Transmission Tips For Jackson, MS Drivers

How to Protect Your Transmission--Mr. Transmission


DO check the automatic transmission fluid every 1,000 miles for its level, color, and smell. Low levels, a dark color and a burnt smell are all tell tail signs of trouble ahead.

  • A Low fluid level is an indicator of possible seal leakage; and or malfunctions within the transmission or its related components.
  • Leaking Fluid can be your transmissions way of calling for help. If leaks are detected you should call Mr. Transmission of Jackson right away. Don’t put it off or ignore the obvious.

DO be aware of any changes in your vehicles driving characteristics. Should you notice slippage, strange noises of any kind and early or late shifting, have Mr. Transmission diagnose it immediately.

  • A quiet vehicle, operating properly is a “Safe Vehicle”.
  • Have Mr. Transmission check your vehicle to determine if defects exist and to evaluate if the vehicle is road worthy and safe.
  • It costs you little to check.

DO maintain a properly tuned engine. Many vehicles will utilize the engine’s vacuum as their source to control transmission shift quality and hydraulic pressure. A properly tuned engine is extremely important to the life of the automatic transmission.

  • DO check the vehicles cooling system on a regular basis. A major cause for premature transmission failure is excessive heat. Make all the necessary repairs immediately.
  • DO scheduled maintenance according to vehicle owner’s manual.
  • DO have transmission fluid checked when having oil changed.
  • DO make sure you come to a complete stop before moving gear into another range.


DON’T rock a vehicle back and forth whenever you are stuck in mud, sand or snow. This may cause your transmission to operate in excess of 400 degrees Fahrenheit. At that high of an operating temperature, you are most certainly in for an immediate transmission failure. Dig it out or have it towed. Both are less expensive than the damage you may cause by quick shifting between Reverse (R) and Drive (D) over and over again.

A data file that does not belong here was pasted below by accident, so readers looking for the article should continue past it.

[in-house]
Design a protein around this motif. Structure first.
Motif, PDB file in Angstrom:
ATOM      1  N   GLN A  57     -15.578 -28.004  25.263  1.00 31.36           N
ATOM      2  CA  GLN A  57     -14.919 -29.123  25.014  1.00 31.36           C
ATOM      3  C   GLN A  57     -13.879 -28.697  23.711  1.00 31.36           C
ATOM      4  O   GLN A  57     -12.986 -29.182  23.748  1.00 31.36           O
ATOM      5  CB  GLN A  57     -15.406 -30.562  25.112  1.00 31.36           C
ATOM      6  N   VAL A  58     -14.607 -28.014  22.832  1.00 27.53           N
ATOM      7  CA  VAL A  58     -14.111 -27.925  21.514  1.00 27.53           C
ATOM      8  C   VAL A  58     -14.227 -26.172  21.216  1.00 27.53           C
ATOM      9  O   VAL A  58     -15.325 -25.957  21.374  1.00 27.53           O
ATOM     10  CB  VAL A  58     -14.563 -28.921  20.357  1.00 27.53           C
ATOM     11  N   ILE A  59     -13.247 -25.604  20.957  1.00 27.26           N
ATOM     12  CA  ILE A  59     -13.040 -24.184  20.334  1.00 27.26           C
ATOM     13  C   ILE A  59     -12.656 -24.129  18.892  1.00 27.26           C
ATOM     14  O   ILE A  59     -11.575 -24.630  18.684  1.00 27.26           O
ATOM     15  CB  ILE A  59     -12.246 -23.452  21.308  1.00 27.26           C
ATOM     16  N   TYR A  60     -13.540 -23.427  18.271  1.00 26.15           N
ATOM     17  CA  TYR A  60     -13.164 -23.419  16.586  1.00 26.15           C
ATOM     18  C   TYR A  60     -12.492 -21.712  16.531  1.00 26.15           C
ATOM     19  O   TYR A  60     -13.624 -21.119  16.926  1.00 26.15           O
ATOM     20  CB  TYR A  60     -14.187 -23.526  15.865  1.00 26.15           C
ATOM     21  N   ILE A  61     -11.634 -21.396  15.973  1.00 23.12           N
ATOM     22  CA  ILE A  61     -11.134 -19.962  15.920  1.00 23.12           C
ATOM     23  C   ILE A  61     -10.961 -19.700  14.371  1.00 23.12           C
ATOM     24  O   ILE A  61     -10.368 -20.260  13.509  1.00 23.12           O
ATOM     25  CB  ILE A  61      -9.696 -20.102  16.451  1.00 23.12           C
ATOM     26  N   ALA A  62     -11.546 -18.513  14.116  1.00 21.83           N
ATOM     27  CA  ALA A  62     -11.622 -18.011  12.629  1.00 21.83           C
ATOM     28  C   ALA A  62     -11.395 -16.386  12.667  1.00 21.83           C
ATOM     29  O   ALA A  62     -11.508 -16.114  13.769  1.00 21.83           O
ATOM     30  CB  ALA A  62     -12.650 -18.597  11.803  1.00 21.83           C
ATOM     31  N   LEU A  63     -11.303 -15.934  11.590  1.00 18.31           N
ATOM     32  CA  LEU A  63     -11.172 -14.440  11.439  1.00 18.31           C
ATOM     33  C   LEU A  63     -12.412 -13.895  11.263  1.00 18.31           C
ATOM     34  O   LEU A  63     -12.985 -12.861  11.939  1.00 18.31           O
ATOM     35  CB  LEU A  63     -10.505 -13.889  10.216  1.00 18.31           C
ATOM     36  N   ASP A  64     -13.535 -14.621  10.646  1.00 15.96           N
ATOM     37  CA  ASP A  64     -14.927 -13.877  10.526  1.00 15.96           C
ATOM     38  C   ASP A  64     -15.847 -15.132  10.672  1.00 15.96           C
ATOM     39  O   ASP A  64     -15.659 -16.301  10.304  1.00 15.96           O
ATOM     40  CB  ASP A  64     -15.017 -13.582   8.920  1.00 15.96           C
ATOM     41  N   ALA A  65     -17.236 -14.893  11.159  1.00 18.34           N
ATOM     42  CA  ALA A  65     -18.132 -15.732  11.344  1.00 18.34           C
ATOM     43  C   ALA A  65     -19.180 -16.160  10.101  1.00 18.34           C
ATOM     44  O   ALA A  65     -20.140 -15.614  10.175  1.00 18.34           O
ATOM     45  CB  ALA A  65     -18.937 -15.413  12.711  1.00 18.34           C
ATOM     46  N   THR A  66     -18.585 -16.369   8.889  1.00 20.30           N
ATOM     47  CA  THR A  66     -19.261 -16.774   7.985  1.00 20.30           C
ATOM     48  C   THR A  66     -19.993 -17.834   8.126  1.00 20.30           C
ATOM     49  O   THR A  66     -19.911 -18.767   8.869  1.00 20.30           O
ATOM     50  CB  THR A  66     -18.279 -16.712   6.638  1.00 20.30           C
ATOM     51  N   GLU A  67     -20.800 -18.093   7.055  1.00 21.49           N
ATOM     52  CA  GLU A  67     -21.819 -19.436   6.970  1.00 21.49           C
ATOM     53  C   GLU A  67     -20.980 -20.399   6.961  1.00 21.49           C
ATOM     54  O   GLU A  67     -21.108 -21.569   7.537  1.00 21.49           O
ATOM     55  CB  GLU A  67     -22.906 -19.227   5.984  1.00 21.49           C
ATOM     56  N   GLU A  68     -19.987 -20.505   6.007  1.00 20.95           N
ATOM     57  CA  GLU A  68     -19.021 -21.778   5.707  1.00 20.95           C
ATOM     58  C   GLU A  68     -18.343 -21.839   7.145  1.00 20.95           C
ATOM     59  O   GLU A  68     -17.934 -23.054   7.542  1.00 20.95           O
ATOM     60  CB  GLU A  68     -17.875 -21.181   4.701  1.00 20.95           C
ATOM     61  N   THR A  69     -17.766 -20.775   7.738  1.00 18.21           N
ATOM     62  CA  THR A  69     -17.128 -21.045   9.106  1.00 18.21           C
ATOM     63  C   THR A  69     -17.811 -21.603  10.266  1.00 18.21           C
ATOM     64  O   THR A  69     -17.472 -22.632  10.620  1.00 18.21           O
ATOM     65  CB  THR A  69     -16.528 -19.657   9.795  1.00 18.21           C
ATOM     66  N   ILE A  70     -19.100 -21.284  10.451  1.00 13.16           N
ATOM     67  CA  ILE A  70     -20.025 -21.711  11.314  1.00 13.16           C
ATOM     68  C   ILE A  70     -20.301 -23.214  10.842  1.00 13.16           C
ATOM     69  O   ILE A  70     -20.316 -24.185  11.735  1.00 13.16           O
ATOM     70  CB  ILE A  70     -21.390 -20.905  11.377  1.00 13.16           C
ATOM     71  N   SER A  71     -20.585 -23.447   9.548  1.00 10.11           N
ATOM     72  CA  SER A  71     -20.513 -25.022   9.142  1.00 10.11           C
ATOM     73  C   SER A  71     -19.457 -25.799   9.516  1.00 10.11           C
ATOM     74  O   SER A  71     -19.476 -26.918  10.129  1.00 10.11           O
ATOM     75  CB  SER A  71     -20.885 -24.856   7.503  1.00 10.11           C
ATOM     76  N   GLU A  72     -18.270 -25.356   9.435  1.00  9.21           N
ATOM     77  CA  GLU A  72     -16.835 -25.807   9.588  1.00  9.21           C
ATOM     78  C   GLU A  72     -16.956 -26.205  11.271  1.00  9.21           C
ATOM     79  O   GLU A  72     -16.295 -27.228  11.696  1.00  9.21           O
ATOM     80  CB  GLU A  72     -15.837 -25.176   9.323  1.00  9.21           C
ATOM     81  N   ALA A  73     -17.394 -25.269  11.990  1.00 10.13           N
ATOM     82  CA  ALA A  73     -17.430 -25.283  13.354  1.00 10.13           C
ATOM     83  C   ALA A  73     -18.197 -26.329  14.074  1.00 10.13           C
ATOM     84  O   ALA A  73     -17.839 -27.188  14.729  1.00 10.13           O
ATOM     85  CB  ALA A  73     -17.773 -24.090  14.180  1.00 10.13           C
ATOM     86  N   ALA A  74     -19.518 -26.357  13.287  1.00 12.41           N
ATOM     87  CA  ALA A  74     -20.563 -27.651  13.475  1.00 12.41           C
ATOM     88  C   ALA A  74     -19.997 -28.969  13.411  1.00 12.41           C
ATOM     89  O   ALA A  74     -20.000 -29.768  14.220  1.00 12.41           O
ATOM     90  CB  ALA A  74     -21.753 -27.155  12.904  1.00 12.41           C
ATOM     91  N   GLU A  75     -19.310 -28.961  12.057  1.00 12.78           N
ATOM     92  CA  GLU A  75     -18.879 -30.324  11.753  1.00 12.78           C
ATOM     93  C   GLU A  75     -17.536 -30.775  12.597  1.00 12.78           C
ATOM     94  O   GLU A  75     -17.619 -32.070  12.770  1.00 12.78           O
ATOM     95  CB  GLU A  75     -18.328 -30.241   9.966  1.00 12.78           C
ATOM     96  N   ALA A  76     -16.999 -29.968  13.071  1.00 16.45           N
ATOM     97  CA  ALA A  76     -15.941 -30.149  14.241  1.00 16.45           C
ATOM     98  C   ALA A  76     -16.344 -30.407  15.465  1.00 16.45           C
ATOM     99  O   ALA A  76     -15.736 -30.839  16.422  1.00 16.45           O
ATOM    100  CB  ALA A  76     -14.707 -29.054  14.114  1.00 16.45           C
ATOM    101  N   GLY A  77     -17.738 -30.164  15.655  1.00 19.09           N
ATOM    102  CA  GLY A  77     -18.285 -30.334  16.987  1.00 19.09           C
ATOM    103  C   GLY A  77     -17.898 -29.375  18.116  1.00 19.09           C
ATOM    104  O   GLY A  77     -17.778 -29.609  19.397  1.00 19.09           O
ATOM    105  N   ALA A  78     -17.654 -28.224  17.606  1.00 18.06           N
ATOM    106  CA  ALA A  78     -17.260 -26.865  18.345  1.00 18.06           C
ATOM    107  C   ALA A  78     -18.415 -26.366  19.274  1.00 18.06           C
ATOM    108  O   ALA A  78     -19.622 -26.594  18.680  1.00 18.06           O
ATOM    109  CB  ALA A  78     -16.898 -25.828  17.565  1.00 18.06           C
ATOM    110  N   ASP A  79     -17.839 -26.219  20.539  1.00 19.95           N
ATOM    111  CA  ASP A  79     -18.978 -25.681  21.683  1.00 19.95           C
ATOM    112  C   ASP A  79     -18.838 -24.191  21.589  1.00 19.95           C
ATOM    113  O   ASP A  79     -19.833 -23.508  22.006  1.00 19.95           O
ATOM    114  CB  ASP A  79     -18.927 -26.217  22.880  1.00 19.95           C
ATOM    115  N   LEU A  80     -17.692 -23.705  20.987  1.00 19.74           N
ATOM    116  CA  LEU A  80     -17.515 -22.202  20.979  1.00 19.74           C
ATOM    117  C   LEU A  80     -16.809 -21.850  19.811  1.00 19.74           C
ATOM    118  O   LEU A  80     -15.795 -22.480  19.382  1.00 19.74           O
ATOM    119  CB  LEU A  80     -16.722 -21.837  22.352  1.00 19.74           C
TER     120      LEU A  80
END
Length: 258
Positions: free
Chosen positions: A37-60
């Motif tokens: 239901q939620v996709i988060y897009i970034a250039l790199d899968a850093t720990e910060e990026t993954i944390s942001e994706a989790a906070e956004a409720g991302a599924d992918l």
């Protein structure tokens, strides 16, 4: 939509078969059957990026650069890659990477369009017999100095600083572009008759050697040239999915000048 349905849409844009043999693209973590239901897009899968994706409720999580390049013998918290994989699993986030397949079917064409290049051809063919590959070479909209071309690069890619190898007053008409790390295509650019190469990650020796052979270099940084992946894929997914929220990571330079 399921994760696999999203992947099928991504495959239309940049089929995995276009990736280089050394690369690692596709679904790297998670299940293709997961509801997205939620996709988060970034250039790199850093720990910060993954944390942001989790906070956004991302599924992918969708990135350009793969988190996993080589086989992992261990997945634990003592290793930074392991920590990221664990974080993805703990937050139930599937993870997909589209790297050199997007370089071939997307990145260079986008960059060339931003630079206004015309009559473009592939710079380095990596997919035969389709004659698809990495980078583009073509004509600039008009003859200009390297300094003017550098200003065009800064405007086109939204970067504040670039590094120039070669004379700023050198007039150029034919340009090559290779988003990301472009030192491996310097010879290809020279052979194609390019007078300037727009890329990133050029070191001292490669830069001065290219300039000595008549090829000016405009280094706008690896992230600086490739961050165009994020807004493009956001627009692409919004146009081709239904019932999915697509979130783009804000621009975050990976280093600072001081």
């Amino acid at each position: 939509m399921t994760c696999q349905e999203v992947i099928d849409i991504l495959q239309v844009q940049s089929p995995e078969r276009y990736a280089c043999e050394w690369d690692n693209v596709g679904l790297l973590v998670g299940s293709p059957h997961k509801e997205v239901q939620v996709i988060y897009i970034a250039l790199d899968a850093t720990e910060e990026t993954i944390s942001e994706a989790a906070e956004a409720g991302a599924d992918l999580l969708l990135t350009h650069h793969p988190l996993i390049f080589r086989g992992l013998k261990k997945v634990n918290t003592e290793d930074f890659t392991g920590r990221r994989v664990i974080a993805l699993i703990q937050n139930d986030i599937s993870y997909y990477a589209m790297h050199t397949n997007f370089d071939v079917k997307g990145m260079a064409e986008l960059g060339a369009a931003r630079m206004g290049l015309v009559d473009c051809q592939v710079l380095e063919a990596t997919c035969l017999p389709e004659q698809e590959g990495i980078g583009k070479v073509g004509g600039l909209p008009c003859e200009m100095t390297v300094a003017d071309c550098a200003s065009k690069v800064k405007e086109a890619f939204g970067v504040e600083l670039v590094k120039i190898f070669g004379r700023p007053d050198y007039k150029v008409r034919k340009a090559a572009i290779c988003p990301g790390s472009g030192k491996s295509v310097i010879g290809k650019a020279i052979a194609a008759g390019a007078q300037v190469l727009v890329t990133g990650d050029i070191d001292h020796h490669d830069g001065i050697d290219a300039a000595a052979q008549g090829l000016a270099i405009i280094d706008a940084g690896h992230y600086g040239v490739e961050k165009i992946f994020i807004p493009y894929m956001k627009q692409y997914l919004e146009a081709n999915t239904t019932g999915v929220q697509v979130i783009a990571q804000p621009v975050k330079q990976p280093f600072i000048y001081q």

• DON’T overload the vehicle. Heavy loads will also cause overheating and greatly reduce your transmission life.
  • DON’T forget that early diagnosis and repair are your best bet. This leads to minimal operating costs and a long safe, useful service for your vehicle. Left unattended, even the smallest of malfunctions can and usually does, lead to serious major repairs.
  • DON’T downshift to “brake” at traffic lights. A forced downshift at high engine RPM causes excessive wear on transmission friction components (clutches and bands).
  • DON’T place shift lever in Drive or Reverse when engine is at “Fast Idle”. This can cause abrupt transmission engagement leading to early failure of clutches, bands, gear sets, driveline components and engine or transmission mountings.
  • DON’T drag race. Unless your vehicle was specifically designed for that purpose it cannot sustain that form of abuse. You run the risk of damaging all driveline components.
  • DON’T use your shift lever instead of your brake. Before reversing direction your car must be at a complete stop. Using the transmission to stop the vehicle will lead to premature transmission failure.
  • DON’T let anyone tow your vehicle with the drive wheels on the ground. Rear wheel drive vehicles must be towed with the rear wheels off the ground. Front wheel drive with the front wheels in the air. All-wheel or full time 4-wheel drive vehicles should be flat towed (all four wheels off the ground) Not sure? Check your owner’s manual. Improper towing can cause serious damage!
  • DON’T stop suddenly. Like fast starts, sudden stops can damage drivetrain components like engine and transmission mounts. These can lead to transmission damage.
  • DON’T play transmission “Doctor”. Over the counter additives that are supposed to stop leaks or make the transmission shift better many times contain chemicals, which cause worn seals to swell. This can interfere with the function of these operating rubber parts and lead to severe damage.